Pay Attention To Your Medicine's Expiration Date

Taking old medicine is a bad idea for two reasons: it may no longer be effective and if it's an outdated prescription, it could be dangerous to your health.

Brookshire Brothers pharmacist, Norman Bondesen, said, "Most of the medications are going to decrease in potency and that's why we take the medication. Most of the [over the counter] stuff is inexpensive, so you might as well discard it and start new, fresh, with the best potency you can use."

You don't have to throw your medication away on its exact expiration date, but for best results, it's better not to hang on to it too long after it expires.

"There's no sense in doing that, you might as well go ahead and follow those guidelines. If there's medication left, there's an odd reason for it. Unless the doctor gave it to you on an as-needed basis, it should be gone. He gives it to you for ten days, you should take it for all ten days - you shouldn't have any left."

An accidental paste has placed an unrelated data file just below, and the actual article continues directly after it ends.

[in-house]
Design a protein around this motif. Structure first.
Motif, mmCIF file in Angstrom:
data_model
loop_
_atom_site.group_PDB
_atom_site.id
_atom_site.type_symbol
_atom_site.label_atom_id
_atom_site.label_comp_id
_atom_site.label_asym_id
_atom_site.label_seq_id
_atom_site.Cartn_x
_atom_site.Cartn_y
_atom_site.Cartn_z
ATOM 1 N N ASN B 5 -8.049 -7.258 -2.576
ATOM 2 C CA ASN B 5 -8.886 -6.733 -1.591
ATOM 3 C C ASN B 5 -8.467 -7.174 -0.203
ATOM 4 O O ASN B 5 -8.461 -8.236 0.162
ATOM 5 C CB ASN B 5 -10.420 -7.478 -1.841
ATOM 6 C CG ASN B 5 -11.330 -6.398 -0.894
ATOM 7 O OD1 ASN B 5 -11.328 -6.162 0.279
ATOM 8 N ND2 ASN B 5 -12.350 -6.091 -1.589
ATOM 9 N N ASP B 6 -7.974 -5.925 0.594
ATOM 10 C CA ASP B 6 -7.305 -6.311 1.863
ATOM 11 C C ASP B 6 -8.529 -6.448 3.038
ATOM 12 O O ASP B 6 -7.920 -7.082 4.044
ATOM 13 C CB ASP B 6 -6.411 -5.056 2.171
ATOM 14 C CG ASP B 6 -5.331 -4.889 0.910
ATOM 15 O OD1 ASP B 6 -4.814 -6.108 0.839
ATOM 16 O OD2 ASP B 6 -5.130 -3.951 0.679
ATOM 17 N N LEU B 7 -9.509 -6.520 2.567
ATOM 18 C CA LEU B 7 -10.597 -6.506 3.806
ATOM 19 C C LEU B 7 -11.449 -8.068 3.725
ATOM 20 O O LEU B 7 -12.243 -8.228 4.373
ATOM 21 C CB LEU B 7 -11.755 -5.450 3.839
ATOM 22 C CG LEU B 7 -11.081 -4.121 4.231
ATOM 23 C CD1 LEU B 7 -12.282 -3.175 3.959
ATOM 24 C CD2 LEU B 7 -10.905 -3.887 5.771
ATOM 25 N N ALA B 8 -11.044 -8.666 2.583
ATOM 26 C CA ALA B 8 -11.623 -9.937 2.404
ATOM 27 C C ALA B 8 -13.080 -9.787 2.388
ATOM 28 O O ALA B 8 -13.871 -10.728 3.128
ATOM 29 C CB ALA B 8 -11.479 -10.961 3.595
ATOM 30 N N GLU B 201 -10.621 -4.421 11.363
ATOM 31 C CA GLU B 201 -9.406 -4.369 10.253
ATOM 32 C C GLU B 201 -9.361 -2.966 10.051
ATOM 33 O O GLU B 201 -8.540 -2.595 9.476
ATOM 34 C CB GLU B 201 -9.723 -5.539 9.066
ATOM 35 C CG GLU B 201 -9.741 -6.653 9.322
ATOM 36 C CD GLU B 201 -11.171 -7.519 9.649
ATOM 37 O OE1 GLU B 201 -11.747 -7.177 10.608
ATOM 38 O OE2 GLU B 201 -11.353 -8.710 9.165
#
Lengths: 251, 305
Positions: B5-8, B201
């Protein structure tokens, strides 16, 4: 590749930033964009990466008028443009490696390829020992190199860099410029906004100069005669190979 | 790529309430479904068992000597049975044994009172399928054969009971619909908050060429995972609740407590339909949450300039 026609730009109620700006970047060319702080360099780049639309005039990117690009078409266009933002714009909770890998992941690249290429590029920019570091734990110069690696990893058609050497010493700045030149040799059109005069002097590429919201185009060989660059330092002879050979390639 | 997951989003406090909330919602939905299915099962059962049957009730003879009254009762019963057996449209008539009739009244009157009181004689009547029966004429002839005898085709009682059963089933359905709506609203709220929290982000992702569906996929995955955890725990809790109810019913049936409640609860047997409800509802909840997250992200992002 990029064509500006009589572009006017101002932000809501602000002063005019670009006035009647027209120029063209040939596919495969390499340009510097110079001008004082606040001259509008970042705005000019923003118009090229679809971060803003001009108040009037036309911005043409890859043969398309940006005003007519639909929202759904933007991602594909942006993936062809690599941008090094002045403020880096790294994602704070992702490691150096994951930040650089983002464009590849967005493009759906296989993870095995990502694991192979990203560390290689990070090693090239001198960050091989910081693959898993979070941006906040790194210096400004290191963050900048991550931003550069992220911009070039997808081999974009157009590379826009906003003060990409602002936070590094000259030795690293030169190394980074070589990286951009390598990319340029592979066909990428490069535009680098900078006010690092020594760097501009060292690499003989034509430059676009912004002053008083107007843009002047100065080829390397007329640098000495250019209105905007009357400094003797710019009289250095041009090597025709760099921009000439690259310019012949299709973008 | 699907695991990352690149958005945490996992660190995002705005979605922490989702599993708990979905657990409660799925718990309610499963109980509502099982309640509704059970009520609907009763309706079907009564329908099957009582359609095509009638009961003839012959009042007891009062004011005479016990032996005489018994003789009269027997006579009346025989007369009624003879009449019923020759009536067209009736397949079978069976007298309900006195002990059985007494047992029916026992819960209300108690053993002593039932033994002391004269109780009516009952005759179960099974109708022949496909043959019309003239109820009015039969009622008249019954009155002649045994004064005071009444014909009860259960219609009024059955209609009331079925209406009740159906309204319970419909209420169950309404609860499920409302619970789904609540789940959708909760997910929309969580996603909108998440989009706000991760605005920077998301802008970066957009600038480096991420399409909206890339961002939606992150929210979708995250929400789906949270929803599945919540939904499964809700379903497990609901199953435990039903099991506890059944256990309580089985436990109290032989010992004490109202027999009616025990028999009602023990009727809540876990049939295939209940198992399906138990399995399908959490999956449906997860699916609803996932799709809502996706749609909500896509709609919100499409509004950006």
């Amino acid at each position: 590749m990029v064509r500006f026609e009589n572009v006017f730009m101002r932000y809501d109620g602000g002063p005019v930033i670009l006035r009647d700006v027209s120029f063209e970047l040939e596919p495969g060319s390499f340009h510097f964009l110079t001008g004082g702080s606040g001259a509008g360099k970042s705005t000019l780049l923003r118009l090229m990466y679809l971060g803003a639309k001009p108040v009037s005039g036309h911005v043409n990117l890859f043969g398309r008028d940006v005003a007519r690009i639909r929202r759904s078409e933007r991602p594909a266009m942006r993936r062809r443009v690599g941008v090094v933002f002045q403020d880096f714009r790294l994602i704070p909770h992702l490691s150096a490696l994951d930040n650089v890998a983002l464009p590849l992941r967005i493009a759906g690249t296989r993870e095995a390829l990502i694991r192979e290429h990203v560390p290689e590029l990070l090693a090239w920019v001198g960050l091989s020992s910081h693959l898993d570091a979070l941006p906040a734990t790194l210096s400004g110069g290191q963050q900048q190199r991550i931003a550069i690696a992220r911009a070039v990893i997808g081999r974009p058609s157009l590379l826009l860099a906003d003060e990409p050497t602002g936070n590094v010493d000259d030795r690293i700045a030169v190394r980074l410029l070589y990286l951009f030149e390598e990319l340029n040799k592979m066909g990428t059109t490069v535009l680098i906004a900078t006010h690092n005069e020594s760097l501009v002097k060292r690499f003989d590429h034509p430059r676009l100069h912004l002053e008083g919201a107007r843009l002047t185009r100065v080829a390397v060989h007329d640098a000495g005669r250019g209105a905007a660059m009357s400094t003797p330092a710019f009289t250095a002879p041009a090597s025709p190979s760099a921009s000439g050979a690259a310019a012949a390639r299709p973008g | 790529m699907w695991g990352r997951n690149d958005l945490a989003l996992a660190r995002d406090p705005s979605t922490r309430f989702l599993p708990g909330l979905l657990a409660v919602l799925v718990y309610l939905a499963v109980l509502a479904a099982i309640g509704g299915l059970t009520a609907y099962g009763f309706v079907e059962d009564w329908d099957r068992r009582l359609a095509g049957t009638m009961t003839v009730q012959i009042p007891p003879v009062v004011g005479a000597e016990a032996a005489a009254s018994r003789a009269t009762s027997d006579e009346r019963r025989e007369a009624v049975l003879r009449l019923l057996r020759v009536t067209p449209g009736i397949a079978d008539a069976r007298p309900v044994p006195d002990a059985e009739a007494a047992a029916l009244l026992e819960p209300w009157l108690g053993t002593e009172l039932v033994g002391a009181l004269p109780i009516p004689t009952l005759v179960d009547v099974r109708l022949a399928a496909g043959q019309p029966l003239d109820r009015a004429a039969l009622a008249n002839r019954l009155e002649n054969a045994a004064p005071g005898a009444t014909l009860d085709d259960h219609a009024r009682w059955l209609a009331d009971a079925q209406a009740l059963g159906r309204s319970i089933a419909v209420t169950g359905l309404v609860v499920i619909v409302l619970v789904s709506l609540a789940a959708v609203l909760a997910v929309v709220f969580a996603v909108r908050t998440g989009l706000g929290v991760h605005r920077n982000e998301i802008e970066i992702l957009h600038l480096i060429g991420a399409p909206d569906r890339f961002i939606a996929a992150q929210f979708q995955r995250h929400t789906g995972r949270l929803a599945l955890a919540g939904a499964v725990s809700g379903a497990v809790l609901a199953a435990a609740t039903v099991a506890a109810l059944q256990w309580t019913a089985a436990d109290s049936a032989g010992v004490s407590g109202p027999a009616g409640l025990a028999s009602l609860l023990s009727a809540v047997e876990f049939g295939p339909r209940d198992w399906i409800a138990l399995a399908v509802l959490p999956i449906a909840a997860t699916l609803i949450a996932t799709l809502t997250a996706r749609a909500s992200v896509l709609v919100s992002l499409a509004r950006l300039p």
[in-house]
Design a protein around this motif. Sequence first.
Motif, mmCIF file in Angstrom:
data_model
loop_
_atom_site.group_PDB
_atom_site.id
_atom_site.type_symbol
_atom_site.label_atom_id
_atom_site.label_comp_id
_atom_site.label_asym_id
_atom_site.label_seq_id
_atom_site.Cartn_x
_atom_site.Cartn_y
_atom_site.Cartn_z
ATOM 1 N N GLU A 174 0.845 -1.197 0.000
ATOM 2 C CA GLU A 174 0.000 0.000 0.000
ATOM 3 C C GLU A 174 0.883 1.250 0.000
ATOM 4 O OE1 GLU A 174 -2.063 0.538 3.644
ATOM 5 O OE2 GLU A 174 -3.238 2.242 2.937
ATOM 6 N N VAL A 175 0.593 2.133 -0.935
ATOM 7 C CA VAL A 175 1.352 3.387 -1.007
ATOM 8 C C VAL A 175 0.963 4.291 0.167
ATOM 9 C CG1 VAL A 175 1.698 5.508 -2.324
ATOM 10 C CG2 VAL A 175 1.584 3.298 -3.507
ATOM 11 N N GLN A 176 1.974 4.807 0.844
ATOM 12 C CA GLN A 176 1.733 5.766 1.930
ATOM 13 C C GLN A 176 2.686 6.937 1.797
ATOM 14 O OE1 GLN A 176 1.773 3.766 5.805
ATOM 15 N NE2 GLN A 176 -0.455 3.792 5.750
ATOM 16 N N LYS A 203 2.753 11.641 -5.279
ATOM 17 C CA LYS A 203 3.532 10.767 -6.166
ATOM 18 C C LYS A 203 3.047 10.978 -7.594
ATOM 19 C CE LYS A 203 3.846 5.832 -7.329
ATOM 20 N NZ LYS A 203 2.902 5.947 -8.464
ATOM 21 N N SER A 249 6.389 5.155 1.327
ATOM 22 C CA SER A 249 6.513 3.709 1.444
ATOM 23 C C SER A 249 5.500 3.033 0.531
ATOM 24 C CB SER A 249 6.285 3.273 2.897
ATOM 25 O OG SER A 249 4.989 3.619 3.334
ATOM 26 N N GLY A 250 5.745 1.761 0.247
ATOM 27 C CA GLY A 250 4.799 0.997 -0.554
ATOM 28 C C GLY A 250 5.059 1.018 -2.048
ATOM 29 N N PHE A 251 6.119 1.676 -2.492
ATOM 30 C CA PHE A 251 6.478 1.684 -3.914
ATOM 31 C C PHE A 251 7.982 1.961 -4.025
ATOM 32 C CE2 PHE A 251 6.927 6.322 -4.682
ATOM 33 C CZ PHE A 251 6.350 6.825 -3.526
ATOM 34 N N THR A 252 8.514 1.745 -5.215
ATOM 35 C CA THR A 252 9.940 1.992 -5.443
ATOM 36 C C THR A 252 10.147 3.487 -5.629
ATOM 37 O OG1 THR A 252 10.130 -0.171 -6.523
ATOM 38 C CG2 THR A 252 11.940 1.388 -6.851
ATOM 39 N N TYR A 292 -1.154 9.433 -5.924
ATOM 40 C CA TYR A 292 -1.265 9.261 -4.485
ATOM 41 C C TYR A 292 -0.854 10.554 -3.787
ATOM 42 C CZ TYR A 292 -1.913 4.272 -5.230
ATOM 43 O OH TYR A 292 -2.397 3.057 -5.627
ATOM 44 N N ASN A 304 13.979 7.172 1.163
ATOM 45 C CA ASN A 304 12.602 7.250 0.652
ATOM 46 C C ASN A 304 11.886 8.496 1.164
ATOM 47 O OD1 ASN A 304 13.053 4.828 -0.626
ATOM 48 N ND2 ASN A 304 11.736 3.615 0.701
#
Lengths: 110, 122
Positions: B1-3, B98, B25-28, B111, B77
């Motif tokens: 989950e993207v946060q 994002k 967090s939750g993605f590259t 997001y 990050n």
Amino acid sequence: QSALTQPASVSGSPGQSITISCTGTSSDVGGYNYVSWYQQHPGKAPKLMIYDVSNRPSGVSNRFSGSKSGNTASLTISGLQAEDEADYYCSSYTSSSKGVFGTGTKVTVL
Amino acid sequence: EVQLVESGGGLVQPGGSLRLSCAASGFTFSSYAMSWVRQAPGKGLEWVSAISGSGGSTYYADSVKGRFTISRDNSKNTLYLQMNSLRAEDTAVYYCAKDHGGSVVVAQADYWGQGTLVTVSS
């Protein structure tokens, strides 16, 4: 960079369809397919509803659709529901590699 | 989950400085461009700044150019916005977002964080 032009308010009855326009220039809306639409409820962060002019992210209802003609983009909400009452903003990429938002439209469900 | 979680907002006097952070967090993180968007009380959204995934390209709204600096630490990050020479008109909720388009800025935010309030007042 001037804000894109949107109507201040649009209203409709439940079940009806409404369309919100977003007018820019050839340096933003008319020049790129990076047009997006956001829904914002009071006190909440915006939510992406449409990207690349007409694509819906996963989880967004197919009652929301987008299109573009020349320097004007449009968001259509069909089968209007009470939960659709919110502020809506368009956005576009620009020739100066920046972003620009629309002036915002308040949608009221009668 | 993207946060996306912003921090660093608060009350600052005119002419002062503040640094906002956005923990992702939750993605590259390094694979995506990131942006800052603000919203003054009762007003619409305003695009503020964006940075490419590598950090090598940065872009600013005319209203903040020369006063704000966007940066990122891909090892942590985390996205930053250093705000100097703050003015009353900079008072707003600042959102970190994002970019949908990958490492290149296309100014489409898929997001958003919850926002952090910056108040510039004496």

Some East Texans agree. When in doubt, throw it out, just to be on the safe side.

"I [have] small grandchildren, [so] I don't keep it," said a Lufkin resident.

Old or not, others keep their medicines around a little longer, just in case.

"You keep thinking you might need it, and when you think you need it, you don't know what it is anyway," said a Lufkin woman.

All medicines have some type of odor, but if there's a change in odor or discoloration, that's when you should throw it away.

There is a grace period on most medications. It shouldn't hurt to keep taking it for a couple months after the expiration date, but no longer than that.